It is a pity he misses that competition with Liverpool as he sits it out at Barca, but his desire to go is perfectly understandable.

For South American players, Barcelona and Real Madrid are the ultimate clubs to play for – the language, culture and climate are far more conducive – and to his great credit Coutinho had knuckled down and given his all this season even though he'd rather have left.

Klopp could neither risk an unhappy player nor its possible affect on the dressing room just as FSG could not really spurn an incredible offer. Most ex-players are saying it was too good to refuse for a player who cost them just £12.5m (RM67.6m) five years ago.

Prior to the Neymar transfer, he would have been in the £60 - £70m (RM324.4m - RM378.5m) bracket and we wonder if he really is that brilliant after all.

Very good, undoubtedly, but well short of Xavi and Andres Iniesta. He could also go missing occasionally and until the two recent Everton games, Liverpool had a good record of playing without him.

Rumours that Riyad Mahrez was to replace him were probably because the Algerian is the nearest to a like for like – even to going missing on occasion. But the quoted £49m (RM265m) did seem low for the 2016 Footballer of the Year although the move has not been ruled out.

Whoever comes in, we can expect them to be well-researched and more than decent. But the move for Keita and the halting of Ben Woodburn's loan to Sunderland suggest it may not be immediate. As they have had to be with the Guinean and Van Dijk, Liverpool fans may have to be patient.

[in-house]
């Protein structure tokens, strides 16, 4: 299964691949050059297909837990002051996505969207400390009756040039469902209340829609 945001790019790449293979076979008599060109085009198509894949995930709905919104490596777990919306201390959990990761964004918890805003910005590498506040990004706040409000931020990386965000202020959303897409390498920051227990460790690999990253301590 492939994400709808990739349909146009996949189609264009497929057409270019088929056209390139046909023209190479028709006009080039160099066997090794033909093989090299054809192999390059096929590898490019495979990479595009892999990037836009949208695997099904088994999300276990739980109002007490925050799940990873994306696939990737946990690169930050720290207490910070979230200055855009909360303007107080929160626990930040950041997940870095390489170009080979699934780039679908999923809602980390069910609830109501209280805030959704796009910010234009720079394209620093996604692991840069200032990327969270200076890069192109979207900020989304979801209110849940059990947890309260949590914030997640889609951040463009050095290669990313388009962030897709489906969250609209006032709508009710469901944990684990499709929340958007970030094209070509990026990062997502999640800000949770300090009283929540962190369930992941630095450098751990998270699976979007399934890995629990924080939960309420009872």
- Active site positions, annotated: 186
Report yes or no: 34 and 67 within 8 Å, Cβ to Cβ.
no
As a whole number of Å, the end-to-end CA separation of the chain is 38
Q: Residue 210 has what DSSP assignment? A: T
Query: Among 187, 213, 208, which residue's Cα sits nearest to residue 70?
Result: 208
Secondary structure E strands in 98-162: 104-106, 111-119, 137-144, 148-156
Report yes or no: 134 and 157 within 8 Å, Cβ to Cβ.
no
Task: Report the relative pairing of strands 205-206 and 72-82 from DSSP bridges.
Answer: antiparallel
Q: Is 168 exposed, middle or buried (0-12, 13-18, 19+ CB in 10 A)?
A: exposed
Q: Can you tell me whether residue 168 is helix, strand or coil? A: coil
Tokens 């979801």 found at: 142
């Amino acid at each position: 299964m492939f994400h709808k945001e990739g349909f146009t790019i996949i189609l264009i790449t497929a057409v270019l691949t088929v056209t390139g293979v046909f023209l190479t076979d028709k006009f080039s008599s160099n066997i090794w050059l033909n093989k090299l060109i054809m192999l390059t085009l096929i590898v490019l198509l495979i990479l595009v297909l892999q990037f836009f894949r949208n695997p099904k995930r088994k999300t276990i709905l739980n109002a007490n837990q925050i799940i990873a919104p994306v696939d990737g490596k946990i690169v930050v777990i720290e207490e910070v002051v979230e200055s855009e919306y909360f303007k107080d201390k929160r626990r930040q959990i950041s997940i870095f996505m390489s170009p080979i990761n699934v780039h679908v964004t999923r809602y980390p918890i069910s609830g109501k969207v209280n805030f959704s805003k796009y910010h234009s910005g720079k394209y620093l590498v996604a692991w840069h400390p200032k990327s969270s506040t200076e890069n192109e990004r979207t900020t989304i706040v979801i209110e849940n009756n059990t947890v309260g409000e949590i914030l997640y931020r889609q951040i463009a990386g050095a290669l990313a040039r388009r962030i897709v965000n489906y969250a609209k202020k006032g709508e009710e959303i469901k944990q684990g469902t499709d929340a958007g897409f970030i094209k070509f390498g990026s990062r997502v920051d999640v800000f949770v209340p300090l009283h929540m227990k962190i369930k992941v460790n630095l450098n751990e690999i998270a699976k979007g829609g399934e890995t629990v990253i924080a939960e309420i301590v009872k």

The portents for spending big lumps of cash are not good at other clubs either – Manchester United blew their Cristiano Ronaldo windfall as did Spurs the Gareth Bale money – but you sense that Liverpool will not again make the mistake of frittering it away on a basketful of mediocrities or worse.

They will buy big and the choice could still decide whether Klopp and FSG will be the ones to return the club to what Fergie used to call their perch. With a fair wind, they should - it is an extraordinary amount of money that they did not need and there's enough for a top goalkeeper as well!


GOOD: Nottingham Forest
The 4-2 win over Arsenal was a long overdue moment of glory for the twice European Champions who are now managerless and almost 20 years outside the EPL. Yes, Arsenal played kids – but so did Forest. Theirs wanted it more.

BAD: Arsenal
As this trophy has kept him in a job, you'd have expected Arsene Wenger to treat it with more respect. But there was no Ozil, no Sanchez and no Lacazette - not even on the bench (!!!) Luck was against him but complacency is a Cardinal sin in the Cup and he should know better than most.

UGLY: Jose Mourinho/Antonio Conte spat
Amusing though it is, the rapidly descending war of words between these two grown men is sinking to Trump-Kim Jong Un levels.

STUPID: Diego Costa (pix)
You can understand his delight at marking his return to Atletico with a home goal but he knows the law – jumping into the crowd means a yellow card – and he'd already been booked. Even manager Diego Simeone didn't defend his "stupidity".